I witnessed recently a relationship between a parent and a child that caused me to reflect on lessons I continue to learn about parenting.
I am the father of four children. They now range in age from 5 to 25 years. I will state up front that I do not claim to be an expert on parenting nor anything more than a person who continues to strive to learn more and be better everyday at things that are important to me in my life.
The relationship that I witnessed reminded me of myself particularly as I remember how I interacted with my eldest when he was young.
I watched as this father and his teenage step-son played out a very typical interplay of control. The step-father, with best intentions, I know, wanted to better the young man with suggestions, mostly in a forceful manner, about how to act, how to look, and how to be constantly. The son’s reactions were consistently disrespectful with an abhorrence for authority.
The specifics of the interactions aren’t necessarily important as each parent/child relationship has its own unique details.
What occurred to me is that there was a basic lack of respect on both sides. Many of the communications from the father were made in public with an overtone of ‘you are not good enough.’ The son’s mostly silent reaction was to grit his teeth, grunt in reply, and usually comply. On the surface, it would seem to most that the child should show respect because the parent is the parent. “Respect your elders” is a very common default to base a relationship upon. Unfortunately, that is not always, in fact from my observation very seldom, the way relationships work these days. Even if a child shows respect on the outside, many seethe inside while putting on a stoic facade.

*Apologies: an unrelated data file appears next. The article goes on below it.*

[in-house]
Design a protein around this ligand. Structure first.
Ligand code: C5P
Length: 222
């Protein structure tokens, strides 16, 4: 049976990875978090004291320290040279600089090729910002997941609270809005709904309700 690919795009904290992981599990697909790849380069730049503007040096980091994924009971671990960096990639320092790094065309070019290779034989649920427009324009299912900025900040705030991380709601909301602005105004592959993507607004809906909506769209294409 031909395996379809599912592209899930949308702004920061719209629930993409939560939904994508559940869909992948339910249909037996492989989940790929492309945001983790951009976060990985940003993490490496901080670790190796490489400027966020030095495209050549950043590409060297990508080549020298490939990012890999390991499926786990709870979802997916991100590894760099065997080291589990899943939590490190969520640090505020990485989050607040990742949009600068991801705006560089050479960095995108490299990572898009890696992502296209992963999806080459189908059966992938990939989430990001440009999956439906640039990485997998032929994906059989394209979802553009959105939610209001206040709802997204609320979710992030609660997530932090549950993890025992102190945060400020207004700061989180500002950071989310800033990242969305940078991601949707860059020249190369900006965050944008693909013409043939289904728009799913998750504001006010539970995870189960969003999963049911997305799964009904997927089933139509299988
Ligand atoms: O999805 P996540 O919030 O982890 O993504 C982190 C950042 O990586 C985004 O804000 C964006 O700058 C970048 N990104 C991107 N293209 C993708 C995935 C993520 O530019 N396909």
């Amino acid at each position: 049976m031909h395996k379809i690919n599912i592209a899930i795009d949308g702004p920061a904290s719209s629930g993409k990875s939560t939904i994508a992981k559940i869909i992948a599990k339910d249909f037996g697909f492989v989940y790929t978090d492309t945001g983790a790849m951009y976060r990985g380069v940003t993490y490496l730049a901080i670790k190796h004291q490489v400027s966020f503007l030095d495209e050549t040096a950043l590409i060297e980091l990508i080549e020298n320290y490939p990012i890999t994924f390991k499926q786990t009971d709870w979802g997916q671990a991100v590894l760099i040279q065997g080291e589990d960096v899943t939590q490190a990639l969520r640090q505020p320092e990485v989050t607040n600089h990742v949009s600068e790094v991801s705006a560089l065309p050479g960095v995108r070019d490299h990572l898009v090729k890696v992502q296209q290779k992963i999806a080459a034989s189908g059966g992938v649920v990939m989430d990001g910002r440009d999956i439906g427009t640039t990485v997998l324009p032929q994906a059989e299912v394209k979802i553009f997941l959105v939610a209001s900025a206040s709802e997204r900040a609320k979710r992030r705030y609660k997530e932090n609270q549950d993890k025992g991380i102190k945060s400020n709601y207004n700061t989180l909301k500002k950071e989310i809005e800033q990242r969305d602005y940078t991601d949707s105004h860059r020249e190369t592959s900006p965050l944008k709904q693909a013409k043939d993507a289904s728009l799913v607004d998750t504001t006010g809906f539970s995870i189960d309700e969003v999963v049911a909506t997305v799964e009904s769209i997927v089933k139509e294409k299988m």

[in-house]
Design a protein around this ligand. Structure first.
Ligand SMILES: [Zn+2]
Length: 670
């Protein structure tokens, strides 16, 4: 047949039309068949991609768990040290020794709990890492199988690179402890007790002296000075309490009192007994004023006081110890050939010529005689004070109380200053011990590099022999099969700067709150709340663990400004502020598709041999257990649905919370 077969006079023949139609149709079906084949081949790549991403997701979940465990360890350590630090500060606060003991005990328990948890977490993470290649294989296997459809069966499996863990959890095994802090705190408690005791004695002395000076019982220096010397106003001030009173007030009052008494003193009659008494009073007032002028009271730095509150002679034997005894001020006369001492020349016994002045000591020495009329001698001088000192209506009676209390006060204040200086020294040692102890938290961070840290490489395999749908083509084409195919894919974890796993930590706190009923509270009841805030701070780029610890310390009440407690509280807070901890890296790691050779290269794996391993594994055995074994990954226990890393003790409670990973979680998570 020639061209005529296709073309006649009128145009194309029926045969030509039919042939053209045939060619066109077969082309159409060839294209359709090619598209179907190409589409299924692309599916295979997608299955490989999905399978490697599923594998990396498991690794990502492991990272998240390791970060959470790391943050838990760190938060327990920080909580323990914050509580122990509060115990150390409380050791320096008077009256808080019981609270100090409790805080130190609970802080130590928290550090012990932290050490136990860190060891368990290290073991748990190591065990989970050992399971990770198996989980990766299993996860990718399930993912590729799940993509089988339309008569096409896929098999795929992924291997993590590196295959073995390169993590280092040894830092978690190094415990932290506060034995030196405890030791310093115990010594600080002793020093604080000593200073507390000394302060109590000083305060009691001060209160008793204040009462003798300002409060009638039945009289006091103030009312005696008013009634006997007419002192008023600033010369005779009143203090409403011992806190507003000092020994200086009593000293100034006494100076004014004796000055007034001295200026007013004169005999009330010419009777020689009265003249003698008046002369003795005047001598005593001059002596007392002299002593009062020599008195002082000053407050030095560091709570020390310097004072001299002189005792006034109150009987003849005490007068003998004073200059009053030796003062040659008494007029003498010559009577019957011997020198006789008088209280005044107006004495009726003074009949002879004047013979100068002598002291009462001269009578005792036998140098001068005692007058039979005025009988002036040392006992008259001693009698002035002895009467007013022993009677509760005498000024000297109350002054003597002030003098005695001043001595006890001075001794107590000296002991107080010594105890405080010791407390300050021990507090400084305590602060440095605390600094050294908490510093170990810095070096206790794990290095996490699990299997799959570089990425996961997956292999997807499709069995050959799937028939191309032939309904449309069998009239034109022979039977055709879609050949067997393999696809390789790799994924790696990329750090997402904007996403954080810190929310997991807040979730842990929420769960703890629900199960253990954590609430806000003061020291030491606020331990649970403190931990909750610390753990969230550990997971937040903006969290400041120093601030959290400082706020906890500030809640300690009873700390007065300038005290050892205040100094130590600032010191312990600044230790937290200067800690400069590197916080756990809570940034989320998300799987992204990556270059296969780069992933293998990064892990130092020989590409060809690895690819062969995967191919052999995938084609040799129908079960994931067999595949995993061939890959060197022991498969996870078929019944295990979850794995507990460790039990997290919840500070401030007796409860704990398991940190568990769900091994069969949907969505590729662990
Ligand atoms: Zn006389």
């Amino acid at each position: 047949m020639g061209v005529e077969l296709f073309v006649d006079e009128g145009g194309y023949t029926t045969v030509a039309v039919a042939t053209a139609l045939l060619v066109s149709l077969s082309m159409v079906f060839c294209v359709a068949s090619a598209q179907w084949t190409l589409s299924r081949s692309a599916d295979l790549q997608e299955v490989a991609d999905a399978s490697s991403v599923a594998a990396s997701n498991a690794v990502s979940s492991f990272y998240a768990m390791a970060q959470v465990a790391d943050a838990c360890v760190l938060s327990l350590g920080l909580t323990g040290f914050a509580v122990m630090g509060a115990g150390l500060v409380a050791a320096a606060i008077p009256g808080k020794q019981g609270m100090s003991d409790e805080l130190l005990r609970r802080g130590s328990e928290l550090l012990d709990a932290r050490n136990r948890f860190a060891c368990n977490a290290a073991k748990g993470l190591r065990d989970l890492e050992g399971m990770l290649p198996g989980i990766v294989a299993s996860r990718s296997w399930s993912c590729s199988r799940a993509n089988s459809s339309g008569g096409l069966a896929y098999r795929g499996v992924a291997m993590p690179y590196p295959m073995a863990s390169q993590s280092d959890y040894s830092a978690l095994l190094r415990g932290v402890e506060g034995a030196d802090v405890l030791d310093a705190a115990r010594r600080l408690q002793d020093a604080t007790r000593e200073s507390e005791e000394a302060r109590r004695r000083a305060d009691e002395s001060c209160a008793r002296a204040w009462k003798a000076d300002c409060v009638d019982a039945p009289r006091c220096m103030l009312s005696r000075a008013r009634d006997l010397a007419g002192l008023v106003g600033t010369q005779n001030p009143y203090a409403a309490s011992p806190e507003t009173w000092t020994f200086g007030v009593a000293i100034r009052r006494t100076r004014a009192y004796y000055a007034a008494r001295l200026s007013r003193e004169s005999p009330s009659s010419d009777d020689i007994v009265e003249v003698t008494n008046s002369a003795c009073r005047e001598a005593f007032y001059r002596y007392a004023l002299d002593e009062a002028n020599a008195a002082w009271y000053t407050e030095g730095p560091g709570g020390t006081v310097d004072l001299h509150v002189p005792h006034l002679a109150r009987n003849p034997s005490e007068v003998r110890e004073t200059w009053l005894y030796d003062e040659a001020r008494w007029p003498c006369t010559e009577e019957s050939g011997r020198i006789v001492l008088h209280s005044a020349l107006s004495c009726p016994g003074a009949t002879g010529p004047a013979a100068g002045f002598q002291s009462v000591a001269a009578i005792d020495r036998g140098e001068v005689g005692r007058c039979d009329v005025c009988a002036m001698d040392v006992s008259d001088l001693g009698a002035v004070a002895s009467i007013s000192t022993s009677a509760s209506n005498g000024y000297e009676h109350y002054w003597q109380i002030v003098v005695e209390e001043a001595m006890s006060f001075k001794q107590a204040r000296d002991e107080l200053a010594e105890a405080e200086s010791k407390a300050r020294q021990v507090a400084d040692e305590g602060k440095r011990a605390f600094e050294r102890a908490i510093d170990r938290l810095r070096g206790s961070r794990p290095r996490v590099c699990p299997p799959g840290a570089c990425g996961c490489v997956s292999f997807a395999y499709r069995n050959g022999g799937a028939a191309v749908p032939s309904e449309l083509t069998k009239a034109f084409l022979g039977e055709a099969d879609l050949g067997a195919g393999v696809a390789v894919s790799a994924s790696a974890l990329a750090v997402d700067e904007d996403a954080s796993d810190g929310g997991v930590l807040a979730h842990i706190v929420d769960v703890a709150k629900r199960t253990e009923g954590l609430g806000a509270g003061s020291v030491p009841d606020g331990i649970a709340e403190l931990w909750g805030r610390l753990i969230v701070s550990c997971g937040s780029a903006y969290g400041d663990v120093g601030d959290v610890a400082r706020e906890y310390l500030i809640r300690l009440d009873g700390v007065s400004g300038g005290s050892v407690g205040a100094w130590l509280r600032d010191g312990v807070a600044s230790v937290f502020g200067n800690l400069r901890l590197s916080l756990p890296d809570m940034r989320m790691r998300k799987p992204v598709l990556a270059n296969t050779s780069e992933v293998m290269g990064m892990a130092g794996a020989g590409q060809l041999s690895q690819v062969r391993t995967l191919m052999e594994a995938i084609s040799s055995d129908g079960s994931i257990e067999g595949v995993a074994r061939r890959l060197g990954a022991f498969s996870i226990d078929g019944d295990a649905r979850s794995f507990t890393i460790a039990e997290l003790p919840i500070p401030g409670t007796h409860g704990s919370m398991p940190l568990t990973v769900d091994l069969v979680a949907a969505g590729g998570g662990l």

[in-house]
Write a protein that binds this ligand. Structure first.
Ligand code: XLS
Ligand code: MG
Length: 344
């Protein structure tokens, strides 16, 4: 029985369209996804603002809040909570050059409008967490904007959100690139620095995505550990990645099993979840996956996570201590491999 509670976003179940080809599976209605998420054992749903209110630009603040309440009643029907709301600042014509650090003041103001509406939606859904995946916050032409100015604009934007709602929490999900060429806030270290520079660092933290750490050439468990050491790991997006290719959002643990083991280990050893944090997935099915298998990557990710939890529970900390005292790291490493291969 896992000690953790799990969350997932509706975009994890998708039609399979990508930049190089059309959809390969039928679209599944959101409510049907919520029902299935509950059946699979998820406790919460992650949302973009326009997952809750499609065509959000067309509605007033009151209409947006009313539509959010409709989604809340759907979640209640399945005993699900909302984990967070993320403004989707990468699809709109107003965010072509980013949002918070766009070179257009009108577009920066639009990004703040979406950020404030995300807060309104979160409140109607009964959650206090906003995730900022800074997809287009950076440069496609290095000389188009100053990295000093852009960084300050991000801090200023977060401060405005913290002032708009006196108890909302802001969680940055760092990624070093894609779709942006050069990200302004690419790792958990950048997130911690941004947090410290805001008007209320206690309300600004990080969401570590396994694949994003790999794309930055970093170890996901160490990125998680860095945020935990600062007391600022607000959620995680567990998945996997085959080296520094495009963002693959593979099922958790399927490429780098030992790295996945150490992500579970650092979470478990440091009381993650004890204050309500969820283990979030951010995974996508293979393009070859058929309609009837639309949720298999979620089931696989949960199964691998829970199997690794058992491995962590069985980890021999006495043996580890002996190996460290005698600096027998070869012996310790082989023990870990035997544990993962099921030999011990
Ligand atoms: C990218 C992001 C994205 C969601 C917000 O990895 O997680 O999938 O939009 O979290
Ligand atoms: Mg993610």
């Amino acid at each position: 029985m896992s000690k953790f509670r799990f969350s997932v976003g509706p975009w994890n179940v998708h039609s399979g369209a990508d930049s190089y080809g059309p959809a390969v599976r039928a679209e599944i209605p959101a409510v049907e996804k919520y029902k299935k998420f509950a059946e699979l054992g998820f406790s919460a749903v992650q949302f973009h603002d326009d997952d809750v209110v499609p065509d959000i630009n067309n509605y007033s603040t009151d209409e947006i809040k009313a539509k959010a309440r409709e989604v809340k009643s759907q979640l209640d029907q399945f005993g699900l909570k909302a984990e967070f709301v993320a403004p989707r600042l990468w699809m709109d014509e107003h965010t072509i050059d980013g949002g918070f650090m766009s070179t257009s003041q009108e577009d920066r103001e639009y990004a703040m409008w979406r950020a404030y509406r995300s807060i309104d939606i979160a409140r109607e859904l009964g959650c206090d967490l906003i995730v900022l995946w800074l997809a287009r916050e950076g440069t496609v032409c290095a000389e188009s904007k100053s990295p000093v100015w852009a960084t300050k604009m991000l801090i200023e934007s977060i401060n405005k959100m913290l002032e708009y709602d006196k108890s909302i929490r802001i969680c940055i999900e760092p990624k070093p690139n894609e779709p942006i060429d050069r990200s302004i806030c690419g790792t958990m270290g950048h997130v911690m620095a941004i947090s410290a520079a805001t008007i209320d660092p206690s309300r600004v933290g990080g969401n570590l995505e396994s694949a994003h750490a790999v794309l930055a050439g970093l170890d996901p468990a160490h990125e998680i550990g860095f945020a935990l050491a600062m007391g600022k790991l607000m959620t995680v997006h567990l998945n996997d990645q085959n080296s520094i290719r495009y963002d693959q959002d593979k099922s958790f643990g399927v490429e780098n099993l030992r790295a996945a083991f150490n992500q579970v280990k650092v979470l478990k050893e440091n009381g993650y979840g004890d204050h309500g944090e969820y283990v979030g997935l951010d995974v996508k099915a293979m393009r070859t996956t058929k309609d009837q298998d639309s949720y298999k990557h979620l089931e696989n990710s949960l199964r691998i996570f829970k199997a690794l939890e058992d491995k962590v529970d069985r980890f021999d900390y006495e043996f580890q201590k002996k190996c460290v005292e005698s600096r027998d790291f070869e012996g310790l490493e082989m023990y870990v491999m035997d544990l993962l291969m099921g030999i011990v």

Every parent, in fact every person, has boundaries that we learn to live with or perhaps put up with. More specifically, in the case of a parent, we set the boundaries of what behavior we are willing to accept before we react to correct or stop it. I am not suggesting that boundaries are unimportant or need to be established and maintained.
With that in mind, my entire post here is about the approach to a relationship rather than the details of those boundaries.
The dynamic between two people is the combination of understanding that each person brings to the relationship. Thus the only way to alter a dynamic is adjust the understanding of one or both of the people. If the dynamic is not working, then something needs to change and likely not just raising the volume on one side.
It might be easy to say that a young person should just learn to be respectful in response to the comments and insistence of a parent because that is the way it should be and the parent knows best. And the next thought might be that if the child just learned to behave or comply, the parent would not have to treat them this way. However, my opinion is that a parent has much higher likelihood at this point in their life to have a shift of understanding.
I do not believe it is possible to force another to alter their understanding, however I believe that it can be inspired and shown through example.
What I wish I knew years ago was that my insistence on a change of behavior in order to create a change in understanding was doomed to failure. What I understand now is that if I approach someone with respect (while still creating and living within my limits of what I will tolerate in behavior), I maximize the likelihood of inspiring a change in understanding.
Specifically, my suggestion to this parent would be that he treat the young person with respect rather than command. It certainly is not a guarantee that the child will alter his behavior, but perhaps the one thing they will learn is how to respect another person by example.
And that I think is more important than any surface behavior that might be demanded.